The condition can increase your risk for diabetes and heart disease in the future; thus, it is important to talk to your doctor if you have symptoms of PCOS as early treatment can help reduce these risks. Fortunately, lifestyle changes as well as medications can help manage the symptoms of PCOS.
The name Polycystic Ovary Syndrome comes from the small cysts (fluid-filled sacs) that some women with this condition develop on their ovaries. The ovaries are the almond-shaped organs in the female reproductive system responsible for making hormones (estrogen and progesterone) and also storing and releasing eggs. However, many women with PCOS do not have these cysts.
Symptoms of Polycystic Ovary Syndrome
The symptoms of PCOS vary, and may include the following:
Causes of Polycystic Ovary Syndrome
The exact cause of PCOS is unknown. What is known is that some teenagers and women with the condition make extra testosterone. Testosterone is typically thought of as a male hormone, but women’s bodies make it too. Higher than normal testosterone levels cause the unwanted hair growth and acne that many women with PCOS experience. It may also lead to irregular periods.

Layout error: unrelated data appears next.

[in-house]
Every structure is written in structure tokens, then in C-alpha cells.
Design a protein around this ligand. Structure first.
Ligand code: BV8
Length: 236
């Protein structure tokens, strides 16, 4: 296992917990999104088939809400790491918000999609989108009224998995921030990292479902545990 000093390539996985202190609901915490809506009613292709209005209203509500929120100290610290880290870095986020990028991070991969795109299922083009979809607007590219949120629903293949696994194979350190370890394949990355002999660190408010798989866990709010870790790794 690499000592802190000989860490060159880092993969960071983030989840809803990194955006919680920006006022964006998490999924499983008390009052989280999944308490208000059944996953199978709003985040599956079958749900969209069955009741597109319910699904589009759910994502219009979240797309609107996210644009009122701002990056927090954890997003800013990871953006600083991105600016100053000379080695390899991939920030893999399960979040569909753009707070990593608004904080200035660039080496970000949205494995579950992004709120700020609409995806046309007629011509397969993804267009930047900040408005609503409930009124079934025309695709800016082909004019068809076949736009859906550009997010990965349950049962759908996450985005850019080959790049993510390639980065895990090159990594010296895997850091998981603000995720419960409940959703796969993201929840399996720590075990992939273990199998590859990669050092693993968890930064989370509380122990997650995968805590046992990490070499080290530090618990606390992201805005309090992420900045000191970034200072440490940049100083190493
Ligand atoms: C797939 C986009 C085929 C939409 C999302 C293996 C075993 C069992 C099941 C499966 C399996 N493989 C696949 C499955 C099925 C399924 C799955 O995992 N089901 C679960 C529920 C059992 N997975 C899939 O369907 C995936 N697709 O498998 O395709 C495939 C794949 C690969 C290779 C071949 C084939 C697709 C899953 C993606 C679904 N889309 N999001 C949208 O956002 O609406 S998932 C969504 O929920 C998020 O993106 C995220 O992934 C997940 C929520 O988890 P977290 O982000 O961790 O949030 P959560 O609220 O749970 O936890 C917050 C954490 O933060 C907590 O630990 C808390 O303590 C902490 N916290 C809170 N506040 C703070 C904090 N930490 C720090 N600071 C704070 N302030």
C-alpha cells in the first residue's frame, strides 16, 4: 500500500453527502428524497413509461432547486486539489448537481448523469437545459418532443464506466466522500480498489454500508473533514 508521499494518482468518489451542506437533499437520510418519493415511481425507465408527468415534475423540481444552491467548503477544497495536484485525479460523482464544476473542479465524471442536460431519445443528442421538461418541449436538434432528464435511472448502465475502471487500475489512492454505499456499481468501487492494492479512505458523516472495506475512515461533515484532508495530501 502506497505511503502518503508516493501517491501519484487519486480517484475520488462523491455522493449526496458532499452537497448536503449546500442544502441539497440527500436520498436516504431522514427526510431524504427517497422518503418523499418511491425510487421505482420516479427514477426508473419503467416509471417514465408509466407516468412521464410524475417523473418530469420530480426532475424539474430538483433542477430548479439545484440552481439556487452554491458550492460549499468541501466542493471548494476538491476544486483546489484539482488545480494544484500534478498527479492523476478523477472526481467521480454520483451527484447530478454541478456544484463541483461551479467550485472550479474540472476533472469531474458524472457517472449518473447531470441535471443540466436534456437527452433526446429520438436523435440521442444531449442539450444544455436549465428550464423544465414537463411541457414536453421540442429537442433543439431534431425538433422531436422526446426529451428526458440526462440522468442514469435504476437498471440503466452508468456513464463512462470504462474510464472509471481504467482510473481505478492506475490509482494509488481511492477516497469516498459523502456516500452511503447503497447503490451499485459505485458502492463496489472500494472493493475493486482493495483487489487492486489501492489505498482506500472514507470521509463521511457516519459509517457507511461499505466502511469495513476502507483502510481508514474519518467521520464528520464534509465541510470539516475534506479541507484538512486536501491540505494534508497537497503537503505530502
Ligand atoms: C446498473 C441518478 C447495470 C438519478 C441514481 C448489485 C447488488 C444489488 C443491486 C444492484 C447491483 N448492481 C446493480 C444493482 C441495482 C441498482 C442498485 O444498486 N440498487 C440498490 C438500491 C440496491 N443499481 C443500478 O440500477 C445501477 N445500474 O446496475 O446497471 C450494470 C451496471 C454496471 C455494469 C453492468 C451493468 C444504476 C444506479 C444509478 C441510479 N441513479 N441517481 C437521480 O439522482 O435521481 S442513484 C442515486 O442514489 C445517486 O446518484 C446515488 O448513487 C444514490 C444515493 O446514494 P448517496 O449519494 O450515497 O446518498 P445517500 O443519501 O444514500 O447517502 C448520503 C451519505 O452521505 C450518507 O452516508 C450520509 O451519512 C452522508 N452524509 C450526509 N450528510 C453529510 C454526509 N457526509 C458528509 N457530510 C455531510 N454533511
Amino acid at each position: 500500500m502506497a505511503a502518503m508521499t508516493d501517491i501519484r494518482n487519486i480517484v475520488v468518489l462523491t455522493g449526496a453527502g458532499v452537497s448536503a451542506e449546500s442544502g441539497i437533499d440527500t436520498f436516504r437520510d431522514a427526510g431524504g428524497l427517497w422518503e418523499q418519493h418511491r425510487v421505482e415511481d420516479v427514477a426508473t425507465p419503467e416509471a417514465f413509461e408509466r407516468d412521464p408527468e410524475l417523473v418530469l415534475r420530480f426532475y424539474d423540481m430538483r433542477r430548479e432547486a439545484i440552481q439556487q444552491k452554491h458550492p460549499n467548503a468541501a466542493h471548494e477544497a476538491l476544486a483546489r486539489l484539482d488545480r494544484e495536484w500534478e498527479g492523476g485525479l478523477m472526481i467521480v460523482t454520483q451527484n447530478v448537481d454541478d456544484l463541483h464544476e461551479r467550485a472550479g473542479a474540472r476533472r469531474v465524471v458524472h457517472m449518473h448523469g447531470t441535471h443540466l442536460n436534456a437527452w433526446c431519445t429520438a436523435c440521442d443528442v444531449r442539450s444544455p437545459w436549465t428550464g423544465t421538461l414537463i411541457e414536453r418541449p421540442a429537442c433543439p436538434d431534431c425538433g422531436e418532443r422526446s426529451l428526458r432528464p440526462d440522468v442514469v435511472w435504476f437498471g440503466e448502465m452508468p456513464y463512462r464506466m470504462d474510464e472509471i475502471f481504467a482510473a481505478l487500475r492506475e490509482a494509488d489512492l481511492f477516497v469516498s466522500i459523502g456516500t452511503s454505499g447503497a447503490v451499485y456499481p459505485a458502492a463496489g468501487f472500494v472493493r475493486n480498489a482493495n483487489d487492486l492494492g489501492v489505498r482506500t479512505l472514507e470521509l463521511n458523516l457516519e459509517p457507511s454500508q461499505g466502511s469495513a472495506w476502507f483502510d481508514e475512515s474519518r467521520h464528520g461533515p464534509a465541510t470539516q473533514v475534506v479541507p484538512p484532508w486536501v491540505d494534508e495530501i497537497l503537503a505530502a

Many women with PCOS also have insulin resistance, which means that their bodies do not respond well to the hormone insulin that controls blood sugar levels. This causes blood sugar (glucose) levels to rise and the body to produce even more insulin, which researchers think may lead to greater production of testosterone, increased appetite, and development of type 2 diabetes.
The condition sometimes runs in families so if your mother or sister has PCOS, you are more likely to have it too.
Continue Article: Polycystic Ovary Syndrome (PCOS) Treatment: Managing Symptoms
The American College of Obstetricians and Gynecologists. Frequently Asked Questions. FAQ121: Polycystic Ovarian Syndrome. August 2011. Available at: http://www.acog.org/~/media/for%20patients/faq121.ashx. Accessed February 3, 2014.
The Endocrine Society. Clinical Practice Guidelines: Diagnosis and Treatment of Polycystic Ovarian Syndrome. December 2013. Available at: http://www.endocrine.org/education-and-practice-management/clinical-practice-guidelines. Accessed February 3, 2014.
Hormone Health Network®. Fact Sheet. PCOS: What teens need to know. September, 2013. Available at: http://www.hormone.org/questions-and-answers/2013/pcos-for-teens. Accessed February 3, 2014.